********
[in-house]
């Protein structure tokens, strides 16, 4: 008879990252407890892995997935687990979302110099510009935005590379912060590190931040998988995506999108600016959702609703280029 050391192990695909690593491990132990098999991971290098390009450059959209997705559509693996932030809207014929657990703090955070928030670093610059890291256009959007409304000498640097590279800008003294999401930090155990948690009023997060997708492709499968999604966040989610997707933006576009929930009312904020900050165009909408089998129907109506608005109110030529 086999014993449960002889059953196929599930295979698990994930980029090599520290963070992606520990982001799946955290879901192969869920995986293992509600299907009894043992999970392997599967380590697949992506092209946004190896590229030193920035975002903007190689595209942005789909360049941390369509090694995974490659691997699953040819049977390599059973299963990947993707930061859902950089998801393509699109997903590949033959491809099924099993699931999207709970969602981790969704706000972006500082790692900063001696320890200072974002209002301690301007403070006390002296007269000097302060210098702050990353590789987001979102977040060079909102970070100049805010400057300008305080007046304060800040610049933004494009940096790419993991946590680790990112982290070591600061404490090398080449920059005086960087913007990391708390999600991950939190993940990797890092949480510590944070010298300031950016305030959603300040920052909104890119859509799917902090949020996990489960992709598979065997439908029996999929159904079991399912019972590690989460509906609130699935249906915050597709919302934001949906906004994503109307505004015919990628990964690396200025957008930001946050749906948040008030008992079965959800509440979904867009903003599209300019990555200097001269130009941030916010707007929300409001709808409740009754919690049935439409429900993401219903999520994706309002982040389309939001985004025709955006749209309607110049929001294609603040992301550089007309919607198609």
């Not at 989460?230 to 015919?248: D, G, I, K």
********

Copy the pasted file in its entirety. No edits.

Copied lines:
[in-house]
């Protein structure tokens, strides 16, 4: 008879990252407890892995997935687990979302110099510009935005590379912060590190931040998988995506999108600016959702609703280029 050391192990695909690593491990132990098999991971290098390009450059959209997705559509693996932030809207014929657990703090955070928030670093610059890291256009959007409304000498640097590279800008003294999401930090155990948690009023997060997708492709499968999604966040989610997707933006576009929930009312904020900050165009909408089998129907109506608005109110030529 086999014993449960002889059953196929599930295979698990994930980029090599520290963070992606520990982001799946955290879901192969869920995986293992509600299907009894043992999970392997599967380590697949992506092209946004190896590229030193920035975002903007190689595209942005789909360049941390369509090694995974490659691997699953040819049977390599059973299963990947993707930061859902950089998801393509699109997903590949033959491809099924099993699931999207709970969602981790969704706000972006500082790692900063001696320890200072974002209002301690301007403070006390002296007269000097302060210098702050990353590789987001979102977040060079909102970070100049805010400057300008305080007046304060800040610049933004494009940096790419993991946590680790990112982290070591600061404490090398080449920059005086960087913007990391708390999600991950939190993940990797890092949480510590944070010298300031950016305030959603300040920052909104890119859509799917902090949020996990489960992709598979065997439908029996999929159904079991399912019972590690989460509906609130699935249906915050597709919302934001949906906004994503109307505004015919990628990964690396200025957008930001946050749906948040008030008992079965959800509440979904867009903003599209300019990555200097001269130009941030916010707007929300409001709808409740009754919690049935439409429900993401219903999520994706309002982040389309939001985004025709955006749209309607110049929001294609603040992301550089007309919607198609």
């Not at 989460?230 to 015919?248: D, G, I, K």